One aside: I remember that earth tremor in the early 1960s! I was living in Campbelltown at the time, and all the cups rattled in the cupboard!

At the library session on “Thursday’s Child” there was some discussion about the negative references to God and the church; people thought church schools would not allow their children to read such a book. Well, any church school that bans this book would also have to ban large parts of the bible, including the words from Psalm 22 that the gospel writer attributes to Jesus on the cross: My God, my god, why have you forsaken me?” The psalm adds the words: “Why are you so far from saving me, so far from my cries of anguish?” which express well Tori’s feelings, albeit in more literary language.

Actually there are many ethical/moral questions in your story, which could be explored fruitfully in a classroom: male violence and rape, abortion (legal or illegal?) and what support should be given to young mothers.

One moral issue that impresses me is that of vengeful violence. Questions that arise include: Does revenge work for the one who has been violated? Does punishment convince the perpetrator? Then there is the dilemma of whether or not to involve the police, with all the problems that entails, and whether personal vengeance is justified.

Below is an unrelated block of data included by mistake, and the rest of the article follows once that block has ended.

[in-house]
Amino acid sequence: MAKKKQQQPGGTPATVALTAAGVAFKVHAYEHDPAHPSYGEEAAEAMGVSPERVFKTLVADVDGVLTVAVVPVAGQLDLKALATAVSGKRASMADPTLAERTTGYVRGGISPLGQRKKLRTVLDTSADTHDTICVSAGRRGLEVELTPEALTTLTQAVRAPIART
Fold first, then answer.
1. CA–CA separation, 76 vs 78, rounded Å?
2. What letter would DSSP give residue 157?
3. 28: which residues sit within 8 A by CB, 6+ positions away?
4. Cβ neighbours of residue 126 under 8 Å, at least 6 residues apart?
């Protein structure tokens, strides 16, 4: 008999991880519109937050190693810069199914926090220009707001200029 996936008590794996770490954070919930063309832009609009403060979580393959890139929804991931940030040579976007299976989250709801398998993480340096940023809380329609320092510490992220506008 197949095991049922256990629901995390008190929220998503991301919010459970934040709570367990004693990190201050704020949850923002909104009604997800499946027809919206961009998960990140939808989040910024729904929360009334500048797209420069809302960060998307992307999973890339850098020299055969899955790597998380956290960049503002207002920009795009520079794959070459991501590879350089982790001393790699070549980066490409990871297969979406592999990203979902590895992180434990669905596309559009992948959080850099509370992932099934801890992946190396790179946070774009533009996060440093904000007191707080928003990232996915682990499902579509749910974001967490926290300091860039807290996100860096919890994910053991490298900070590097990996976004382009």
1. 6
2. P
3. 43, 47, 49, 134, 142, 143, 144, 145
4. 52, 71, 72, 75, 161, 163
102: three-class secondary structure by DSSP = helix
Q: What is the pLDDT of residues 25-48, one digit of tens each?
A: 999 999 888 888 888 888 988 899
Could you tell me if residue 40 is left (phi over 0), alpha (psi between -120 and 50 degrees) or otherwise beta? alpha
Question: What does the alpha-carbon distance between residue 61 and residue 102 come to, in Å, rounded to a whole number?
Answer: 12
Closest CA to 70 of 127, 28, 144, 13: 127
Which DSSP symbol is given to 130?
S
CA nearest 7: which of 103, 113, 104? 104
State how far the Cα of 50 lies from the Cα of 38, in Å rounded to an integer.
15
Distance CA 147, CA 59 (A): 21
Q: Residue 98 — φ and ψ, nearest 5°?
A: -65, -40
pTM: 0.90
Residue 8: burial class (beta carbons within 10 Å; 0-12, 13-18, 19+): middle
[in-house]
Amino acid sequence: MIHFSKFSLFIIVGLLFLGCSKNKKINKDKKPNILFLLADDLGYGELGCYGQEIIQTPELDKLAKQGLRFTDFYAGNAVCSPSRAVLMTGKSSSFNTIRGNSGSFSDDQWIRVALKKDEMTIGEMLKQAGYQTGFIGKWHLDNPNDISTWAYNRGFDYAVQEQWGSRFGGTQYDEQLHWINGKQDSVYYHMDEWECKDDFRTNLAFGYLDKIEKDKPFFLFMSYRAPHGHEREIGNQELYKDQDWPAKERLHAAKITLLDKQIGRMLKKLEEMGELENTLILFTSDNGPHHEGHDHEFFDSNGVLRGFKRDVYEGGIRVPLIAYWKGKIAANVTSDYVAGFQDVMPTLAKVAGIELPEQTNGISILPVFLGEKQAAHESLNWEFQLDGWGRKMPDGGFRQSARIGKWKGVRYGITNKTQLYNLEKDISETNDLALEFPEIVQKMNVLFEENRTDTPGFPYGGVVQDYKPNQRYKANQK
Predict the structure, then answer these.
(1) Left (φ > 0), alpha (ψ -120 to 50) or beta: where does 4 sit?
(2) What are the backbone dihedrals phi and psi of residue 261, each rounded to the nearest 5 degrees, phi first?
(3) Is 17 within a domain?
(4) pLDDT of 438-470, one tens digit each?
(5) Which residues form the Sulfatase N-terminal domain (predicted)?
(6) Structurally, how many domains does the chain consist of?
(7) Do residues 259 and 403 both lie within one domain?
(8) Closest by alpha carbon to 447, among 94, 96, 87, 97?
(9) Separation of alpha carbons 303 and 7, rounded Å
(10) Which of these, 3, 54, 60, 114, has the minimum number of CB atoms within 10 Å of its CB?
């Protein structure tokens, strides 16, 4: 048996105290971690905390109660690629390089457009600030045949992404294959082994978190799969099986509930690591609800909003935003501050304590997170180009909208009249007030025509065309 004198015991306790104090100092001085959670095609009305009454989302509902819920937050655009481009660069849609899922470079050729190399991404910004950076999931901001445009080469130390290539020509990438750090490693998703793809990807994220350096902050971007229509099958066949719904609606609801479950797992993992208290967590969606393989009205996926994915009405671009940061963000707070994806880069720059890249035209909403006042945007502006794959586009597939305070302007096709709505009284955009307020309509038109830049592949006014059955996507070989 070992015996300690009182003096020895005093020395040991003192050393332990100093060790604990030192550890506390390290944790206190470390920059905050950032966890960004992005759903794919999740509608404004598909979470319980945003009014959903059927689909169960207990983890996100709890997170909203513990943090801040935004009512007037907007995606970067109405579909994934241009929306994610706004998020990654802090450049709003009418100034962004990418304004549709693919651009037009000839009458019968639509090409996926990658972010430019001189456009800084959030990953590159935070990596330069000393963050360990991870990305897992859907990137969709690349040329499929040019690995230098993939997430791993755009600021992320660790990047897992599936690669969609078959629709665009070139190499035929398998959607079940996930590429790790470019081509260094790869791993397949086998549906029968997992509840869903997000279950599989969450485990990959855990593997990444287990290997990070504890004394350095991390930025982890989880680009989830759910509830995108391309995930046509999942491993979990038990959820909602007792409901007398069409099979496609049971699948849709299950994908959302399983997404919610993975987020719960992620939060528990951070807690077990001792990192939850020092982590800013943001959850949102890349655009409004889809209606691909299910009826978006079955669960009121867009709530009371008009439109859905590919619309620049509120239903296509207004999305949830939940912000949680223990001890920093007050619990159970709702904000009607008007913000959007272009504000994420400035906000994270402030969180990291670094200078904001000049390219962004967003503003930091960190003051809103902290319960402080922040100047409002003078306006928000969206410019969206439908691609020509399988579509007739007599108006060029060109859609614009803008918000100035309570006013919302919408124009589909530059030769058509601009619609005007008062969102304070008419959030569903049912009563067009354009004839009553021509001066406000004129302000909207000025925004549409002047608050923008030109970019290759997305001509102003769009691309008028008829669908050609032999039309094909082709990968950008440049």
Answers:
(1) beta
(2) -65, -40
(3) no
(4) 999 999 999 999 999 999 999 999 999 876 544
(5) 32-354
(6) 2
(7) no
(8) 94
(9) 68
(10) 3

I suppose what I am saying is that it is many years since I worked in schools, public and Catholic, and primary school rather than secondary, but in those days I felt more free to discuss thorny issues in the Catholic school than I had in the public ones.
I will give the book to my niece who has a fifteen-year old daughter. I will be very interested to hear their responses.

So, Linda, in summary, congratulations.

Kind wishes,

Janet

 

Comments on Thursday’s Child

February 24, 2018 at 8:05 pm | Posted in Australia, Gratitude, Publishing, Writing | 2 Comments
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It is wonderful to receive feedback after somebody has read your book. I know that most readers will not write a comment or, even less likely, a full review. However, after the first three weeks since my book went live on Kindle and also as a hard copy, a few people have told me what they think of it and, I am pleased to say, they are all positive.